33 | ldap2.hl.local      | CentOS 7.4.1708  | el7_group  | 10.11.1.12 | 00:22:ff:00:00:12 | el7_content  | stable               
34 | monitoring.hl.local | CentOS 7.4.1708  | el7_group  | 10.11.1.13 | 00:22:ff:00:00:13 | el7_content  | stable               
28 | proxy1.hl.local     | CentOS 7.4.1708  | el7_group  | 10.11.1.19 | 00:22:ff:00:00:19 | el7_content  | stable               
29 | proxy2.hl.local     | CentOS 7.4.1708  | el7_group  | 10.11.1.20 | 00:22:ff:00:00:20 | el7_content  | stable               
39 | storage1.hl.local   | CentOS 7.4.1708  | el7_group  | 10.11.1.15 | 00:22:ff:00:00:15 | el7_content  | stable               
40 | storage2.hl.local   | CentOS 7.4.1708  | el7_group  | 10.11.1.16 | 00:22:ff:00:00:16 | el7_content  | stable               
35 | syslog.hl.local     | CentOS 7.4.1708  | el7_group  | 10.11.1.14 | 00:22:ff:00:00:14 | el7_content  | stable               
30 | web1.hl.local       | CentOS 7.4.1708  | el7_group  | 10.11.1.21 | 00:22:ff:00:00:21 | el7_content  | stable               
31 | web2.hl.local       | CentOS 7.4.1708  | el7_group  | 10.11.1.22 | 00:22:ff:00:00:22 | el7_content  | stable               
---|---------------------|------------------|------------|------------|-------------------|--------------|----------------------

Step 9: Create KVM Guests on Proxmox

Before we can PXE boot the VMs, we first need to create them.

Again, if we take into account the VM details that we’ve listed above and loop them through following qm command, we’ll end up with all the servers that we need.

# qm create $ID \
  --name $GUEST_NAME \
  --boot cn \
  --cores 1 \
  --hotplug disk,cpu \
  --memory 1536 \
  --net0 bridge=vmbr0,model=virtio,macaddr=$MAC_ADDR \
  --onboot 1 \
  --ostype l26 \
  --scsi0 file=data_hdd:32,format=qcow2 \
  --scsihw virtio-scsi-pci \
  --sockets 1 \
  --startup order=$ID

One thing that’s worth mentioning, when you create a new VM for PXE boot, make sure that it has at least 1536MB of RAM, as otherwise it may fail to provision successfuly. The amount of RAM can be reduced after a VM is configured.

Also note the disk size that we use, it’s set to 32GB to match the hardened provisioning template.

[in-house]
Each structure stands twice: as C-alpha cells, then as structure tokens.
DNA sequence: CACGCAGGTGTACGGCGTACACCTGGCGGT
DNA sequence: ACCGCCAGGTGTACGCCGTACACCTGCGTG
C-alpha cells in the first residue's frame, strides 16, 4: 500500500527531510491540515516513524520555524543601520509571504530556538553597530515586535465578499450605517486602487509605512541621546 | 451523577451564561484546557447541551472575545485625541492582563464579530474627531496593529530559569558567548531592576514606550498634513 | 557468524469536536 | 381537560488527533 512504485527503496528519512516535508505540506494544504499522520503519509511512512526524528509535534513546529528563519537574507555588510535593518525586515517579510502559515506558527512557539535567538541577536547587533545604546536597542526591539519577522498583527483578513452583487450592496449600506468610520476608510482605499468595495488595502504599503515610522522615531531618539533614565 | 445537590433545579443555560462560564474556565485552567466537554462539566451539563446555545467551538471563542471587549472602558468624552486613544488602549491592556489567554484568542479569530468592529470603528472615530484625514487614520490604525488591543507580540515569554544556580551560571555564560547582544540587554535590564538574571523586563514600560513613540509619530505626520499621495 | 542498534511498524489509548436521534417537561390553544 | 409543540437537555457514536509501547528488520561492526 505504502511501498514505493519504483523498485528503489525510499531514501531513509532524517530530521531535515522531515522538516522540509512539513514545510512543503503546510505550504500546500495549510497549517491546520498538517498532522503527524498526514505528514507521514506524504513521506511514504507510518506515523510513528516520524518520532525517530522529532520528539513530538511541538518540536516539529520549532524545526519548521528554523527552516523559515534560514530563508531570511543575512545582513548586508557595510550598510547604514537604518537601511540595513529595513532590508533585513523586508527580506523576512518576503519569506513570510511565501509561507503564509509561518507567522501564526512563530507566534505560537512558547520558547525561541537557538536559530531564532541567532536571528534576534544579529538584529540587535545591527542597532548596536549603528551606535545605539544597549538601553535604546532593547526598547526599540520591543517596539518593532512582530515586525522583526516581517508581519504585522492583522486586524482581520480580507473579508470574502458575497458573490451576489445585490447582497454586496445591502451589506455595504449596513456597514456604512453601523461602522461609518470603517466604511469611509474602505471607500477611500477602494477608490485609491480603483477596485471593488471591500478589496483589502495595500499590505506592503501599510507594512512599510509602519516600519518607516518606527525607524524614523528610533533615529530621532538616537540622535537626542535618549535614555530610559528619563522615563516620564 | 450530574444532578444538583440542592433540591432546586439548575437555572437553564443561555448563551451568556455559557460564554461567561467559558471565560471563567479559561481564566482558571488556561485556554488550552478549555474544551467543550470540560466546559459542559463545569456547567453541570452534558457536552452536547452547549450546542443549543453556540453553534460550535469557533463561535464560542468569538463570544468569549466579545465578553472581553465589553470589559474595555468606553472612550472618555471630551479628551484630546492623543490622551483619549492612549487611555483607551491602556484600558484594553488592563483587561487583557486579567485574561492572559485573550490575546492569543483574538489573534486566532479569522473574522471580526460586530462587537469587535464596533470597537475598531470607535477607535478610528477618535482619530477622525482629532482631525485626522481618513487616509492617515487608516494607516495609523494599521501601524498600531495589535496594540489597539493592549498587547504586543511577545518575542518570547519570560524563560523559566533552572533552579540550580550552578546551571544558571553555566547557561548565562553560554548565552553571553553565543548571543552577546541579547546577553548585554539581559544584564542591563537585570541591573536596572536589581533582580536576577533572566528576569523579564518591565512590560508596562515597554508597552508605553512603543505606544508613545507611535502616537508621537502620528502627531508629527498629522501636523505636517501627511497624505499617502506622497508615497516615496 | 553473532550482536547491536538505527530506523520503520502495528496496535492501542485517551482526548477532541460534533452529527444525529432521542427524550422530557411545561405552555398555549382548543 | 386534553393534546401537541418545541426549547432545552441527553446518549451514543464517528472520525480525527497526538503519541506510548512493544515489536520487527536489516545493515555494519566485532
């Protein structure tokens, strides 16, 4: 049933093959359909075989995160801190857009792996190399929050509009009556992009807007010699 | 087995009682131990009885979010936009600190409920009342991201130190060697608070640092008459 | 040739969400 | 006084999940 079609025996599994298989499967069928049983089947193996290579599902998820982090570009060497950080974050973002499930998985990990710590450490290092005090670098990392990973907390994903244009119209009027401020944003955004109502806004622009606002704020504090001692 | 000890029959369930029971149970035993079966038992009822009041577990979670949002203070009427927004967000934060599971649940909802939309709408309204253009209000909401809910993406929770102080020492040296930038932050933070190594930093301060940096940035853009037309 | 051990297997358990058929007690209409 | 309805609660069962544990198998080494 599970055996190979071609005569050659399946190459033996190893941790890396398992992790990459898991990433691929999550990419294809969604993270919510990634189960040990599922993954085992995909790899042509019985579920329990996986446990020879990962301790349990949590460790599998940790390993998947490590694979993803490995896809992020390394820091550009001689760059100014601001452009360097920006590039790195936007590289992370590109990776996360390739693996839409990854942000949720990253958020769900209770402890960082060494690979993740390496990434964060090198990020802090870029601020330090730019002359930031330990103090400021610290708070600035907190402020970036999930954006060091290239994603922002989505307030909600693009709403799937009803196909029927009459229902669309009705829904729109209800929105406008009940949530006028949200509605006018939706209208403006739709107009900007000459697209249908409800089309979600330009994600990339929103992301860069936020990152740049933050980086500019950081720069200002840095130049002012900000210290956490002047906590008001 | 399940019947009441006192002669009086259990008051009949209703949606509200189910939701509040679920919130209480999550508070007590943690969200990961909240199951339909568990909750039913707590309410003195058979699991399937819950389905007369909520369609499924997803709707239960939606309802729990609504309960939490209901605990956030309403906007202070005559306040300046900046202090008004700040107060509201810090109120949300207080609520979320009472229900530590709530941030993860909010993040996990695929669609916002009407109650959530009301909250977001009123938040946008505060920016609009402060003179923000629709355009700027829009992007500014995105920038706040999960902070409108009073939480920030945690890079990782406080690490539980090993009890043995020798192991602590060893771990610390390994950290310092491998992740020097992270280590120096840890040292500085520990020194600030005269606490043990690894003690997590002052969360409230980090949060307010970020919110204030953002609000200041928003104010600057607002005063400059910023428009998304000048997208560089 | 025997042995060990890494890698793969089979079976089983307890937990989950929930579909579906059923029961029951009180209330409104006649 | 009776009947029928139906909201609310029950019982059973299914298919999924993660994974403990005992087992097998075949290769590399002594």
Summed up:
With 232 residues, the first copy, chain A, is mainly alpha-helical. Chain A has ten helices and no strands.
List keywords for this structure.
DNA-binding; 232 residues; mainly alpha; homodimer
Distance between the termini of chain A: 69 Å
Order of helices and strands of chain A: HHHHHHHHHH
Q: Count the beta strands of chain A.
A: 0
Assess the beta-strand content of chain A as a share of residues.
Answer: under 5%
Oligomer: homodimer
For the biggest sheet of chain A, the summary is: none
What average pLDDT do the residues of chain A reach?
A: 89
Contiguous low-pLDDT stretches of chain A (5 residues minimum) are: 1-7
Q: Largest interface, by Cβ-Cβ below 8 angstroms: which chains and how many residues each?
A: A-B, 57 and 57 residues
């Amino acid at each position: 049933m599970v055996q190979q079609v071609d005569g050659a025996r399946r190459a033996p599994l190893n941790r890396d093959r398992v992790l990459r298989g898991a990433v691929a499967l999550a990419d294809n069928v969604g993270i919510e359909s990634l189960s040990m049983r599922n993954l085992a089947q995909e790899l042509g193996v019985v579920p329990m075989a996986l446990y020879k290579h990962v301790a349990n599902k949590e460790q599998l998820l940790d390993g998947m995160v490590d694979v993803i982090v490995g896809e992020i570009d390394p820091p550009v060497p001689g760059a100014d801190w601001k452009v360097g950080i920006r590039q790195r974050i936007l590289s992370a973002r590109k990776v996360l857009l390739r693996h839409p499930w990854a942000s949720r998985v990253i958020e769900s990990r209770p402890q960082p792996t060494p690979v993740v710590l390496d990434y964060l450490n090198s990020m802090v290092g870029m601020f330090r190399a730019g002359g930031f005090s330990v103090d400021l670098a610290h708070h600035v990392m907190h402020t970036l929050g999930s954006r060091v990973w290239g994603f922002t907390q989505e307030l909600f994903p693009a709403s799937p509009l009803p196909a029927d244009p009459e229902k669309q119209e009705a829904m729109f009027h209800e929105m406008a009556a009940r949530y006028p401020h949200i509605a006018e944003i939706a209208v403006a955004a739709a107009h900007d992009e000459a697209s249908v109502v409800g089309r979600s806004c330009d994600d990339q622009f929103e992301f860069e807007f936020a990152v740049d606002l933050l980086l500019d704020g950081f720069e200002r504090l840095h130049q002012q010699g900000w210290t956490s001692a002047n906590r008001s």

Step 10: PXE Boot the VMs

Start the VMs, watch them PXE boot and get provisioned by Katello.

To start the VM with the ID of 203, simply do the following:

# qm start 203

The end result should be something like this:

# qm list
      VMID NAME                 STATUS     MEM(MB)    BOOTDISK(GB) PID             
       200 admin1.hl.local      running    512               10.00 2439      
       201 admin2.hl.local      running    512               10.00 2491      
       202 katello.hl.local     running    10240             10.00 2551      
       203 ldap1.hl.local       running    768               32.00 2598      
       204 ldap2.hl.local       running    768               32.00 2654      
       205 monitoring.hl.local  running    1024              32.00 29490     
       206 syslog.hl.local      running    2048              32.00 2758      
       207 storage1.hl.local    running    768               32.00 2637      
       208 storage2.hl.local    running    768               32.00 8626      
       209 db1.hl.local         running    1024              32.00 2952      
       210 db2.hl.local         running    1024              32.00 3007      
       211 proxy1.hl.local      running    768               32.00 3067      
       212 proxy2.hl.local      running    768               32.00 1129      
       213 web1.hl.local        running    768               32.00 3168      
       214 web2.hl.local        running    768               32.00 1491      
       215 backup.hl.local      running    768               32.00 1263

As mentioned earlier, the amount of RAM can be changed after a VM gets provisioned.

What’s Next?

If all went well, then at this point we should have all of the homelab VMs created and running.

We’ll start looking into Puppet modules, and how we can use them to configure various homelab services automatically.